It really must be admitted that things seen in sleep are, as it were, painted images, which could have been produced only in the likeness of true things.--Rene Descartes, Discourse on Method and Meditations on First Philosophy 
Fowl take flight as an unearthly entourage of powerful male nudes, infant victims, an old crone, goats, and strange skeletal yet animate creatures rush along to the sound of a horn, perhaps also wind and wailing. A solitary witch squats amid the hindquarters of a Leviathan-like skeleton,  directly above a crouching male nude, the bottoms of his feet thrust toward the viewer (not to mention his buttocks), whereas four fully extended nudes, three of them so youthful as to be yet unbearded, propel themselves forward through the pictorial space like stallions at a canter.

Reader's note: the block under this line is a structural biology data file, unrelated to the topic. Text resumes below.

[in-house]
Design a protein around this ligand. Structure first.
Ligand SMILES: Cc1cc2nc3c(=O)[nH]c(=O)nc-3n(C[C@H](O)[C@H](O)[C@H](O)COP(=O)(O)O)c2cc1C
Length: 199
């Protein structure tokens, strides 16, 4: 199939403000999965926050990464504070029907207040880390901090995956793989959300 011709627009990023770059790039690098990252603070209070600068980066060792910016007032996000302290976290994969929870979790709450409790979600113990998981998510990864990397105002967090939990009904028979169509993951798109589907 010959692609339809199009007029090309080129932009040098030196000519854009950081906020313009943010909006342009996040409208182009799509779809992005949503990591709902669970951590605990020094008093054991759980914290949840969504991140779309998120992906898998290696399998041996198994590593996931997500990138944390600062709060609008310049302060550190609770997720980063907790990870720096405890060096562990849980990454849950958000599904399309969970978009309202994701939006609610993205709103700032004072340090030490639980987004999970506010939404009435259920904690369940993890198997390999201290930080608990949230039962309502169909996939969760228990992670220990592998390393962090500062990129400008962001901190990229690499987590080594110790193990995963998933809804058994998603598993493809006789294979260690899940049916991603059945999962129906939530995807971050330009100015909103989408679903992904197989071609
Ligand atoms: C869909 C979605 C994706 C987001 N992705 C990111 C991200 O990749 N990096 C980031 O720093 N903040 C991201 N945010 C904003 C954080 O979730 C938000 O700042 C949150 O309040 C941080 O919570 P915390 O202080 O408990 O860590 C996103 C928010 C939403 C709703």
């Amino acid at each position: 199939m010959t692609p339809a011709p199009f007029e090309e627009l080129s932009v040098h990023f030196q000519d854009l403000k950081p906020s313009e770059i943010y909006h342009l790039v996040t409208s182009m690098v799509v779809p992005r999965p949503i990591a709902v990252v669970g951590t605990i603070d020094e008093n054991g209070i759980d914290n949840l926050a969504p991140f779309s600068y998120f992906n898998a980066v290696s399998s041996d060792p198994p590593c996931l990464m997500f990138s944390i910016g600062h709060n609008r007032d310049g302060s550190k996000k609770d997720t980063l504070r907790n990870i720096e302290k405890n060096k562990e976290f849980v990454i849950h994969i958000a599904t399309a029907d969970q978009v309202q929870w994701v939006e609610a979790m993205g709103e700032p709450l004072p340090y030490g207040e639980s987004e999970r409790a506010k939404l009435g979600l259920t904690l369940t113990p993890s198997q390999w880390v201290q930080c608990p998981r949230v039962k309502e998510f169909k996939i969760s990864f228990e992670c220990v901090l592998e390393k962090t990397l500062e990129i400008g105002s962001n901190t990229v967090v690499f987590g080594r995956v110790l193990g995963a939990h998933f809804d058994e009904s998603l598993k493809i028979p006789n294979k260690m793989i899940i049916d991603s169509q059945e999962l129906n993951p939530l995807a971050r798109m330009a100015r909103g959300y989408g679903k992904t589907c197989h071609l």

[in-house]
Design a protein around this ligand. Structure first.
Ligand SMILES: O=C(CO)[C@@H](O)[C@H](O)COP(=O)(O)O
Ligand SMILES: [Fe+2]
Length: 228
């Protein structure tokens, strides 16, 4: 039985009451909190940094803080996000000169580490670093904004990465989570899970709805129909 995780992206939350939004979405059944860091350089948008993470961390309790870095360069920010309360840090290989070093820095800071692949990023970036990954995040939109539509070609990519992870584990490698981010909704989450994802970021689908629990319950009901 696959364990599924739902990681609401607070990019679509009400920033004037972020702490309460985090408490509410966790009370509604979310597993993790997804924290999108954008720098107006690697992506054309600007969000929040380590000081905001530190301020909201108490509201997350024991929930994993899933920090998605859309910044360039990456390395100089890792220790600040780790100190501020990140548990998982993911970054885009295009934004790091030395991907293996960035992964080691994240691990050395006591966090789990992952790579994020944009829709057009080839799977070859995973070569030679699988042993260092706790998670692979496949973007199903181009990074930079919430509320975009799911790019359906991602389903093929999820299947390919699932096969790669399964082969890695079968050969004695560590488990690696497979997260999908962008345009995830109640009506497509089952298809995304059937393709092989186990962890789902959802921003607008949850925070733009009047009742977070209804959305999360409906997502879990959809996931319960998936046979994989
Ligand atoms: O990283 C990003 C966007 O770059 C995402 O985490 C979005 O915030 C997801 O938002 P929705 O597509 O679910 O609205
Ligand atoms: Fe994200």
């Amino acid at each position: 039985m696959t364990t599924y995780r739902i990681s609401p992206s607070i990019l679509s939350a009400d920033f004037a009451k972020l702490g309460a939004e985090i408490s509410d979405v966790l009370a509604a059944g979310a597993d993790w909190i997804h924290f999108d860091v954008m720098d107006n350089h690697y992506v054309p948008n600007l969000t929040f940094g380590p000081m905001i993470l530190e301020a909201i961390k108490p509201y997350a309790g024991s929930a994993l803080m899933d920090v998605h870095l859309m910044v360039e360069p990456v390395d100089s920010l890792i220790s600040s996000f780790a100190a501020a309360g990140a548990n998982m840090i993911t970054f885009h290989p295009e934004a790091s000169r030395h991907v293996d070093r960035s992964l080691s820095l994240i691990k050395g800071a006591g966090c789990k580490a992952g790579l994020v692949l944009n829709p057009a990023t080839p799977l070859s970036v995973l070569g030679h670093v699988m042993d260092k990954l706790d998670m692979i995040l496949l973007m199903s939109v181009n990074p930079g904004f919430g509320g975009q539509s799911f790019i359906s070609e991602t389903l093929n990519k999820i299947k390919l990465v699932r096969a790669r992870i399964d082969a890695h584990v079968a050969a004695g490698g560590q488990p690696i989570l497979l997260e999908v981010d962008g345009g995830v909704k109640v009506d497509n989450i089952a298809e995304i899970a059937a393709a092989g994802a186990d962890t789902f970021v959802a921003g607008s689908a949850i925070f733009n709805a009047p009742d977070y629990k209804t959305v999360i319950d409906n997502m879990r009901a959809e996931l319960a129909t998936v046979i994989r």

Lo stregozzo, or the procession to a witches' Sabbath,  is a large engraving (almost 12 by about 25 inches) of debatable but early sixteenth-century date, whose inventor and engraver are uncertain (Fig. 1). The existing scholarly consensus that the print be classified as essentially Roman and basically High Renaissance in design is reconsidered here. Such a conception of this work, at the very least, fails to do justice to the complexity of its reference. But I hope to establish more than a dismantling of this engraving's usual classification: I believe this object documents a very rare intersection between heretical and artistic instances of fantasia. By addressing a pressing dispute about the manifestations of demonic power, which hinged on determining the boundary between imagination and fact, this work of art--relatively little known today--was intended to play an unusually critical role in molding opinion about extra-artistic matters in early modern northern and central Italy. The crux of Lo stregozz o lies less in simply recognizing the subject, which is not learned, than in answering the following question: Does it represent this nocturnal cavalcade as fact or fiction? Even the learned held differing opinions about this question.